Saturday, April 23, 2011

Google Tags Eliminated for Google Places Profiles

Two weeks ago, I discussed Google Tags advertising, an option that the search engine had rolled out recently that allowed businesses to increase their Google Places profile visibility in the map results. Well, merely ten days after writing that post, Google had officially eliminated Tags after a fairly short campaign. There hasn't been a whole lot of feedback from Google as to what caused them to remove the option for Places profile owners (no surprise here), however, I believe that there is enough information regarding local search to make an inference.

For starters, it is important to revisit what businesses benefit most from having a Places profile that ranks high in the map results. As I previously stated, I am a firm believer that smaller companies are able to profit the most. For example, an online user is far more likely to search for, "pizza delivery in the upper east side" as opposed to, "(insert corporation) in the upper east side." The chances are, the corporation's location is already well known, so the search volume for these companies would be far less. Furthermore, it is unlikely that large businesses who have already established brand recognition are spending time optimizing a Places profile. Rather, they are advertising through television, billboards, etc. (think Nike or McDonald's).

So, why did Google eliminate Tags from the local search realm? In the end, as with most things in the world of business, I believe it is simple - the cost benefit analysis did not yield strong results. The better question is why? I think there are a couple of factors that had the greatest impact on the service being discontinued.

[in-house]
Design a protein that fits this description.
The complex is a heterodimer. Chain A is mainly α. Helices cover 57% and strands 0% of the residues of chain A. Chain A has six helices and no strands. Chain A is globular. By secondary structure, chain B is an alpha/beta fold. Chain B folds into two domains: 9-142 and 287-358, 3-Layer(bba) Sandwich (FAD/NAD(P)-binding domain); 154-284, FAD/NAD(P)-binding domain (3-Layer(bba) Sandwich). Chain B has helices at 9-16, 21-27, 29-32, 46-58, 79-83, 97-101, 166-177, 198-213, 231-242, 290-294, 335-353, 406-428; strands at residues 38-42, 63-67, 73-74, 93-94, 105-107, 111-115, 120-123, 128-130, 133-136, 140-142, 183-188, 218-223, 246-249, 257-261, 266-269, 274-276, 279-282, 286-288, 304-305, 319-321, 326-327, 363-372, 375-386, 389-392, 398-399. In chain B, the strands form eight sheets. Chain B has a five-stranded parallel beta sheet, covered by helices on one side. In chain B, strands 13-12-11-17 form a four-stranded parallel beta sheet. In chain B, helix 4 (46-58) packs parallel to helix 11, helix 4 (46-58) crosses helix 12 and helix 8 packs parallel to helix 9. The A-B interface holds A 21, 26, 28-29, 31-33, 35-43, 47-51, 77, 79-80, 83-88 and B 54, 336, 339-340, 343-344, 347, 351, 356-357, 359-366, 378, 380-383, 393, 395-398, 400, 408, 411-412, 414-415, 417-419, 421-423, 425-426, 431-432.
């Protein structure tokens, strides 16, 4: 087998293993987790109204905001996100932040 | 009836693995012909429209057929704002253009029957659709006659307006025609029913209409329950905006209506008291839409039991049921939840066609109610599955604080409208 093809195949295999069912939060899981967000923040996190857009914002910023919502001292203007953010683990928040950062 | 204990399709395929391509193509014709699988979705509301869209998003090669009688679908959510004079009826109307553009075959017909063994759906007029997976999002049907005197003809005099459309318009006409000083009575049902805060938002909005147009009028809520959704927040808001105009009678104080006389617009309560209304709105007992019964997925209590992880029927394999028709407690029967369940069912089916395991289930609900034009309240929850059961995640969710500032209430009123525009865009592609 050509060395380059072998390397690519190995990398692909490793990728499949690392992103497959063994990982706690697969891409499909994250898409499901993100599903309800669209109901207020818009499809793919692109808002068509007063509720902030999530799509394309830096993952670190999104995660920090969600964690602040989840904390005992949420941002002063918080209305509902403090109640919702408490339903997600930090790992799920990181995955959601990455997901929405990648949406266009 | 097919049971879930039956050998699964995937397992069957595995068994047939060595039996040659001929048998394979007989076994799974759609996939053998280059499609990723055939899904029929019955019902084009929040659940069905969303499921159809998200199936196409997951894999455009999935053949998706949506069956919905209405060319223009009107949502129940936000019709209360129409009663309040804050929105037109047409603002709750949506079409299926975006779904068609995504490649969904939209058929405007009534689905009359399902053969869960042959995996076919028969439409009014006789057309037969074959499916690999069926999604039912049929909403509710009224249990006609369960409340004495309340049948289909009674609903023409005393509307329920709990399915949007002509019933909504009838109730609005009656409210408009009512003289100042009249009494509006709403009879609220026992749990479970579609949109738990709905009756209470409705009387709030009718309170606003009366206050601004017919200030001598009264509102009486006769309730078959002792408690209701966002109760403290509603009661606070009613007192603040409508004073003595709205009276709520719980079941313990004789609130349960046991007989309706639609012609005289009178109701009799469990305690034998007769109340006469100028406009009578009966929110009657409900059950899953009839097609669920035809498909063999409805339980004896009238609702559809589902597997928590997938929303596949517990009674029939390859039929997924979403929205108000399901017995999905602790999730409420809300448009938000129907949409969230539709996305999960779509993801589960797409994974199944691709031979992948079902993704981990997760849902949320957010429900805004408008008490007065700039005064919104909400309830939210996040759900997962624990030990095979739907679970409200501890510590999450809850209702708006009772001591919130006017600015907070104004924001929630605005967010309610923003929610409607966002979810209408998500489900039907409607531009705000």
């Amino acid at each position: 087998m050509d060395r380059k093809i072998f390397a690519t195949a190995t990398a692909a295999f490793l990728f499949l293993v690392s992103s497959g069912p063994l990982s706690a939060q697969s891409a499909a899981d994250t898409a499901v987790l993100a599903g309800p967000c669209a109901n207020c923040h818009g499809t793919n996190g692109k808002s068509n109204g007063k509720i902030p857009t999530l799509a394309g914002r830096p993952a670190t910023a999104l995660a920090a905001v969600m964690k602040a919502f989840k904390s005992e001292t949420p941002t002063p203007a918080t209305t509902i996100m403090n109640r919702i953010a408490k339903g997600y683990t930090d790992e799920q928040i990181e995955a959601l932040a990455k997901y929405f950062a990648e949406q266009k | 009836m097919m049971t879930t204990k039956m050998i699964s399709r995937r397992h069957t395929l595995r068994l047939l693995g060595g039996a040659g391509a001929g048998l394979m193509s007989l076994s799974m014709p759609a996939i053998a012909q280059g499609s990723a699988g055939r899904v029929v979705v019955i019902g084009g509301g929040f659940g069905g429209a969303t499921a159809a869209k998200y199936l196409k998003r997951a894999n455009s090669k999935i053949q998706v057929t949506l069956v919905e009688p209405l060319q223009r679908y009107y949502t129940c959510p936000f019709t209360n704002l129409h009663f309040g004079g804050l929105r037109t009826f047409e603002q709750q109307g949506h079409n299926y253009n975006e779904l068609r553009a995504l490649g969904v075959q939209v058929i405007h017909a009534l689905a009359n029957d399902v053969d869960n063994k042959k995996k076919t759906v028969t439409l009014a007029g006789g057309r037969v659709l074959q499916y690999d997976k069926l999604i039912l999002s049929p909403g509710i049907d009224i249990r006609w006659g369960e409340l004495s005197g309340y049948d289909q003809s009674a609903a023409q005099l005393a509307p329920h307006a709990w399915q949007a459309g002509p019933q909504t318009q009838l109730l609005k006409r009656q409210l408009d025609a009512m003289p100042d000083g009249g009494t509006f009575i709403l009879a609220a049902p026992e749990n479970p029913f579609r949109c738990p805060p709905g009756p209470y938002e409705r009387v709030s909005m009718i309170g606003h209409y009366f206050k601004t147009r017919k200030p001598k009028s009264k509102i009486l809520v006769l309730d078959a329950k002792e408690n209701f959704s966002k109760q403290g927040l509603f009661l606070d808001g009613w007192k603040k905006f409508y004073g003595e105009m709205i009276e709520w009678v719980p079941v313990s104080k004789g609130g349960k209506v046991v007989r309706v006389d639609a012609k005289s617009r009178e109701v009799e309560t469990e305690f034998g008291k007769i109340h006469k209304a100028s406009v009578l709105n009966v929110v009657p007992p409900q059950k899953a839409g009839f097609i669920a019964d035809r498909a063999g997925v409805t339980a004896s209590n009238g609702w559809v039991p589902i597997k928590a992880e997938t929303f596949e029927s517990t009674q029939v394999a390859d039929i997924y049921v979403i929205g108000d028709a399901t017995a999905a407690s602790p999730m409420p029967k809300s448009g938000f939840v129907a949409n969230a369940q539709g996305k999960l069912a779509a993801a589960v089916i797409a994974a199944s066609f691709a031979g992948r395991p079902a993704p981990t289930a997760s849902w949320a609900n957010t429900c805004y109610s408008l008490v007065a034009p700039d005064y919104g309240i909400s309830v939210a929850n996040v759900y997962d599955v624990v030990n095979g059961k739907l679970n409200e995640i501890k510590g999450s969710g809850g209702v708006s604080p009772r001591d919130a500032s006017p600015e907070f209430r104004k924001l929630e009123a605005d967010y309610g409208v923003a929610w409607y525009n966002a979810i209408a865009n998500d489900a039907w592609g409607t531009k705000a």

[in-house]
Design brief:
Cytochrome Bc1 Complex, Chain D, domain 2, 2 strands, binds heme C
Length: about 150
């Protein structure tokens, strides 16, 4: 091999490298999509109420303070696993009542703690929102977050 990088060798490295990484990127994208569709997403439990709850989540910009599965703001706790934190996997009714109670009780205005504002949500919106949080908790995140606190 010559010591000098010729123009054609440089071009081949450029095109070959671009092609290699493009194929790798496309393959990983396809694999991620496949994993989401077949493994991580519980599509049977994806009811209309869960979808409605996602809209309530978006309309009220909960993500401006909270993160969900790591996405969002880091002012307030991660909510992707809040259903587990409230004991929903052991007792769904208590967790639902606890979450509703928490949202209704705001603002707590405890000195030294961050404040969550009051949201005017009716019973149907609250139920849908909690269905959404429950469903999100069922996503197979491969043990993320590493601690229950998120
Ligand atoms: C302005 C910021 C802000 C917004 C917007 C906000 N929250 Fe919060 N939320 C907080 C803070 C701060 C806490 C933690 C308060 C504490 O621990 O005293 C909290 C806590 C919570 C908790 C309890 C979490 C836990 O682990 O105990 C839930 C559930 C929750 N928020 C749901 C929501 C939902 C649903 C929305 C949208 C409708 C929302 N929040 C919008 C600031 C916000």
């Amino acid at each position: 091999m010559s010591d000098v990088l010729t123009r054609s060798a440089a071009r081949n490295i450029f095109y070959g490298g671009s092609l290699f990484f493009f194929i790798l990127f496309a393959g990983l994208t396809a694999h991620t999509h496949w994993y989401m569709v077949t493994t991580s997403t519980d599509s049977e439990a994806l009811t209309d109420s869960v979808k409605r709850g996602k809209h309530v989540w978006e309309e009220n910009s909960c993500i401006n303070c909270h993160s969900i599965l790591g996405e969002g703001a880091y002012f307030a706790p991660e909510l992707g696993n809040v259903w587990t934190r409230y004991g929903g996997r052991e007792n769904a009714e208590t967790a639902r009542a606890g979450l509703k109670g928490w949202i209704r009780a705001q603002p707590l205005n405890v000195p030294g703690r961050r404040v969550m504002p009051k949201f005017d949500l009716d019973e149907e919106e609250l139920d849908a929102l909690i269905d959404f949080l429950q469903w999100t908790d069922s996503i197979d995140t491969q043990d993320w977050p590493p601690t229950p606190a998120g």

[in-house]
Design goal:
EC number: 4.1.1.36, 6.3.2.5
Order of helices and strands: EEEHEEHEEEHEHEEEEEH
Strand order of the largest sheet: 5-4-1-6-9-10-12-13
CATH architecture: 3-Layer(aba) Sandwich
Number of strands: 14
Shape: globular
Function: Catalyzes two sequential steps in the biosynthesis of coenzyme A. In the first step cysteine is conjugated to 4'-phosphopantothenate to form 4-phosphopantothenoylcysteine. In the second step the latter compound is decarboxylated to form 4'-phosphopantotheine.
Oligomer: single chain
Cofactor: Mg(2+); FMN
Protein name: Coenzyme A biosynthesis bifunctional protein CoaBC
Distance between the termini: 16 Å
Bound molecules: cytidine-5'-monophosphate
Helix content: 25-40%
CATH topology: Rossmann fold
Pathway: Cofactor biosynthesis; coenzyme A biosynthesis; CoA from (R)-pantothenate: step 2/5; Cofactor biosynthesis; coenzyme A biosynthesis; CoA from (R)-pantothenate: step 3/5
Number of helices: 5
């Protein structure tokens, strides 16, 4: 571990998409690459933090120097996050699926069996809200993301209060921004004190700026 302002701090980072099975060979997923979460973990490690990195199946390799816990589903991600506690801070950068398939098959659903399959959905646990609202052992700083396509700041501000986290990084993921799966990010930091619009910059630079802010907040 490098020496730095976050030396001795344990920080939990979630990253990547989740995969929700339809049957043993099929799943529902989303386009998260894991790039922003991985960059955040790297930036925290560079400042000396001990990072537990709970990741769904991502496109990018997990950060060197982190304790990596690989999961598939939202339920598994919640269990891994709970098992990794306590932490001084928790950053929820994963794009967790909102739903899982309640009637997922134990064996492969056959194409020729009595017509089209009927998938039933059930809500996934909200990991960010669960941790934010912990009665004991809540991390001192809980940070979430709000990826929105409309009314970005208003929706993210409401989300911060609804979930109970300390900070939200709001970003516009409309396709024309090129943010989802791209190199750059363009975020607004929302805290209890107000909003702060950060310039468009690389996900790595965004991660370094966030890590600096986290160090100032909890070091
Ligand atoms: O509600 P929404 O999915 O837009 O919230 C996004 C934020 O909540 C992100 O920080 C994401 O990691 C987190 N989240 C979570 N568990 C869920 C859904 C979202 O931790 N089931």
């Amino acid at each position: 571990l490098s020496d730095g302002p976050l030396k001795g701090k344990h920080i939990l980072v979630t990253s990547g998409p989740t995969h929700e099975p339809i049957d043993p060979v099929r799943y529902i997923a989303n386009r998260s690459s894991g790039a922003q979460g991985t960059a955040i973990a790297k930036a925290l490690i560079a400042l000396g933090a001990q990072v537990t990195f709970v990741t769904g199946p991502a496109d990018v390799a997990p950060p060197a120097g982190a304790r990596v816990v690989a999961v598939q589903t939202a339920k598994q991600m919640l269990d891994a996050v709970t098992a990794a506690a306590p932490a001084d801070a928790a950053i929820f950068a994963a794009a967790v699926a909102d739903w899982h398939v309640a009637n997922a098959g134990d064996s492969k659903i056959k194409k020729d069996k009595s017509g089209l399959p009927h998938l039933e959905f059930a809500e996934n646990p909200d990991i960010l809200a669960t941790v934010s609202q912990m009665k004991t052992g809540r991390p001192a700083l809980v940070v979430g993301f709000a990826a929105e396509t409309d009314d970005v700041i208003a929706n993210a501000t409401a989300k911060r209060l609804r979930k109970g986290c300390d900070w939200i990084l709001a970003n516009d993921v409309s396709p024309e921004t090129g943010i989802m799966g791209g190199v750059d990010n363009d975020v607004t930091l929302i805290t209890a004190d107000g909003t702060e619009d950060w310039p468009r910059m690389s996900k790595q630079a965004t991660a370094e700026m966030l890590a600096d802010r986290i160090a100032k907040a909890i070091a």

For one, small companies are operating on small marketing budgets. As a result, the $25/month per Tag cost may not have been worth it. It is unlikely that the service was driving significant revenue for Google, since the companies that spend the most time focusing their marketing efforts on local search are in fact smaller. Additionally, if you have a Places profile that is well optimized and ranking high in the map results, did utilizing tags provide additional value? More importantly, do users care? If you are in the top spot in the map results, the click-through rate is going to be significantly higher than someone ranking in positions #2-7 regardless.

And finally, it is possible that Places profile owners that were utilizing Tags the most were not using them effectively or simply were not ranking high, which would have led to many users simply ignoring them. If history has taught us anything, people searching online make snap decisions; many don't look past a particular ranking, which would have rendered Tags appearing in profiles below certain positions irrelevant. Business owners would have identified that their conversion rates were not improving despite utilizing Tags, and thus ended their campaign seeing no tangible gain.

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